Backpack Safety – What Parents Need To Know
It’s one of the most common back-to-school purchases – a backpack. But when it comes to buying a backpack, parents shouldn’t take a one-size-fits-all approach. We need to keep an eye on what our children are putting into the pack and carrying around on a daily basis. Saddled with homework, heavy books, and technology, today’s grade school children often carry up to 15 pounds! And backpacks injure as many as 14,000 children each year, according to the National Safety Council, which offers a variety of school safety tips.
“Our children literally carry too much weight on their shoulders,” said Becky Turpin, director of home and community safety at the National Safety Council. “Heavy backpacks can create many different problems, from back and shoulder pain to poor posture.”
Buying the Right Backpack
Sure, your child may want to carry around the latest Disney craze or a fancy name brand. Style, price, and features also matter, but fit is the most important factor when buying a backpack.
- Make sure it is the correct size. The pack should not be wider or longer than your child’s torso and never hang lower than 4 inches from the waist.
- Look for hip and chest belts to transfer some of the weight to the hips and torso and keep the pack in place
- Ergonomic design with padded back and wide, padded shoulder straps that adjust
- Multiple compartments to help distribute the weight
- Compression straps on the sides or bottom to stabilize the contents
- Waterproof/weatherproof with reflective material
Correct Wear and Proper Fit
No one likes to be nagged, but it’s important to monitor how your child heads off for the school bus or returns home from school.
- Make sure the weight is evenly distributed across the body, lessening the stress on muscles and joints.
- Is your child using both shoulder straps or wearing it over one shoulder? This can place undue stress on one side of the body, lead to bad posture and back or shoulder pain. Make sure it’s being worn over both shoulders
- Tighten the straps enough for the backpack to fit closely to the body and stay in place.
- The pack should rest evenly in the middle of the back and not sag down to the buttocks. If it hangs too low, it puts more weight on the shoulders.
- Your child may lean forward when walking to compensate for an improper fit or excessively heavy load.
Backpack Safety Throughout the School Year
Folders fill up, snack wrappers accumulate, and supplies such as mini-staplers, tape, and to-go tissue can sneak into compartments. Make sure your child cleans out his or her backpack regularly and removes unnecessary items.
- Regularly check the weight and contents. Put it on a scale if you have to. A backpack should not weigh more than 5 or 10 percent of your child’s body weight, according to the National Safety Council.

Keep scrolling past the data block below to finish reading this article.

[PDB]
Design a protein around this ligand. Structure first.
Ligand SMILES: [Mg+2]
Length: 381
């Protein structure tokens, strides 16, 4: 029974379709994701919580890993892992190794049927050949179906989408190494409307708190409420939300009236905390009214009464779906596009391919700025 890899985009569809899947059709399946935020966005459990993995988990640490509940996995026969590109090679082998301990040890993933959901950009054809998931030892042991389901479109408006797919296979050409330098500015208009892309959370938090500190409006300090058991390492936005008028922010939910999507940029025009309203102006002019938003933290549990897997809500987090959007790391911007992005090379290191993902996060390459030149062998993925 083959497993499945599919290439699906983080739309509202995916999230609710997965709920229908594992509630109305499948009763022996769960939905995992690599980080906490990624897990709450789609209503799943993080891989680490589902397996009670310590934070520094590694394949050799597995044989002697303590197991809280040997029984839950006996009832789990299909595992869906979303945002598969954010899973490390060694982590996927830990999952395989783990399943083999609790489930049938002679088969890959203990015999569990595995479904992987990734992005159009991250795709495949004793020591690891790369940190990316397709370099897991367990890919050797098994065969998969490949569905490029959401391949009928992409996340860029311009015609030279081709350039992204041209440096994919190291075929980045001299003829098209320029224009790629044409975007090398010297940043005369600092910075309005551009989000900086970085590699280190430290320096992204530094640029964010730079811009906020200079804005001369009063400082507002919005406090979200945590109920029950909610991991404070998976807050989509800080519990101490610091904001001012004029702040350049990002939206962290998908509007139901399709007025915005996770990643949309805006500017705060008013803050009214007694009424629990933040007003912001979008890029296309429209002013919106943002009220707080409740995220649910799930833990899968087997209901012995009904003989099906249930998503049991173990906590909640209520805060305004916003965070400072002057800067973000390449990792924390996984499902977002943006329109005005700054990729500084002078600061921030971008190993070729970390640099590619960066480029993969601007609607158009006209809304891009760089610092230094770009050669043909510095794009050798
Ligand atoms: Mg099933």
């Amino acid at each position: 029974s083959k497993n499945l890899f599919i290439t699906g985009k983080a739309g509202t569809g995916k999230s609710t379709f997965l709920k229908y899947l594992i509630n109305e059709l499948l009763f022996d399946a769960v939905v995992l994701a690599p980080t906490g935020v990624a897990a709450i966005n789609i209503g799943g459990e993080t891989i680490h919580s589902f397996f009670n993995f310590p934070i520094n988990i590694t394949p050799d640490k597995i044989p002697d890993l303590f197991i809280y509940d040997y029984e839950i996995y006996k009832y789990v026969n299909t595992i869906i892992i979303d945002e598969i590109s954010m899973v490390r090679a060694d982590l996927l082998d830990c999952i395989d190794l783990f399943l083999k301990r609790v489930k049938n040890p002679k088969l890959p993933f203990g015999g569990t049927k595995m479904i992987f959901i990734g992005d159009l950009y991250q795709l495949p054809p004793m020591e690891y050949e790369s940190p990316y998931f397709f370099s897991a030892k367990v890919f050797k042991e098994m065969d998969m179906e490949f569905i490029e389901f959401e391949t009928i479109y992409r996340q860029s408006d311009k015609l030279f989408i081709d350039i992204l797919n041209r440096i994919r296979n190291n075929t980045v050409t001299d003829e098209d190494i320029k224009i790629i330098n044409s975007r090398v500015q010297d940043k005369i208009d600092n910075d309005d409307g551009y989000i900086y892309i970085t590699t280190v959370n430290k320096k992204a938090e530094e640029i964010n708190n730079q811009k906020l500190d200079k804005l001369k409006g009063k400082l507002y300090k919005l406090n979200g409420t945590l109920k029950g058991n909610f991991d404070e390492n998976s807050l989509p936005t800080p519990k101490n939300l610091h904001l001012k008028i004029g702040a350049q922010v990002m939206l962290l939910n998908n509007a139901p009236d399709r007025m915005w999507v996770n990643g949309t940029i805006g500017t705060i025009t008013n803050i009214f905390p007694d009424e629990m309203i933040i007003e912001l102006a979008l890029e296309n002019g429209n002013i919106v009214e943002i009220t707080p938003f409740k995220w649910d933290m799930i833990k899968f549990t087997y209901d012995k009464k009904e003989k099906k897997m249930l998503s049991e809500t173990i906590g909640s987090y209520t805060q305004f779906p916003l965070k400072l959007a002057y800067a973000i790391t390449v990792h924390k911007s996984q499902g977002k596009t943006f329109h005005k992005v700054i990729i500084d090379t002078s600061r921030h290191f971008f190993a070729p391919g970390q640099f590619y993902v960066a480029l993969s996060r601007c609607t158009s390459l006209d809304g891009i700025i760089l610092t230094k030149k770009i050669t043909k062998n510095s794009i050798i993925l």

- Observe your child’s posture. Do they struggle to pick it up, put it on, hunch forward, carry it on one shoulder, or complain of pain or numbness?
- Bigger is not always better, especially for young children. If there is space to fill, your child is likely to carry more. This becomes even more problematic as the school year goes on.
- Help your child decide what’s essential to carry to and from school. Can heavy books stay at school unless they are needed for homework? Pack pointy or bulky objects in protected compartments and away from the area that rests on your child’s back or could harm them in the event of a fall.
- Check for broken straps and zippers, tears or signs of uneven wear.
Back Pain in Children
Back pain is nothing to ignore. Young children are suffering from back pain much earlier than previous generations, and the use of overweight backpacks is a contributing factor. Good posture also starts at a young age, and carrying too heavy of a load can take a toll on a child’s growing physique.
As a parent, it’s important to take any complaints of pain or discomfort seriously and be proactive to avoid injury or long-term musculoskeletal problems. A lighter backpack is always better and part of backpack safety means knowing how much your child’s pack weighs.
Pain or other physical discomfort means there is a problem! Please get in touch with your local Ivy Rehab Network clinic for a screening or to schedule an appointment with a therapist. We can help assess your child’s complaints, prescribe exercises and offer tips on good posture.
Article by Holly Lookabaugh-Deur, PT, DSc, GCS, CEEAA
Holly Lookabaugh-Deur, PT, DSc, GCS, CEEAA is a practicing physical therapist and a partner and Director of Clinical Services at Ivy Rehab Network. Deur is board certified as a geriatric clinical specialist and certified exercise expert for aging adults with more than 35 years of clinical experience. She is certified as an aquatic and oncology rehabilitation specialist and serves as adjunct faculty at Central Michigan University and Grand Valley State University.
The medical information contained herein is provided as an information resource only, and does not substitute professional medical advice or consultation with healthcare professionals. This information is not intended to be patient education, does not create any patient-provider relationship, and should not be used as a substitute for professional diagnosis, treatment or medical advice. Please consult with your healthcare provider before making any healthcare decisions or for guidance about a specific medical condition. If you think you have a medical emergency, call your doctor or 911 immediately. IvyRehab Network, Inc. disclaims any and all responsibility, and shall have no liability, for any damages, loss, injury or liability whatsoever suffered as a result of your reliance on the information contained herein.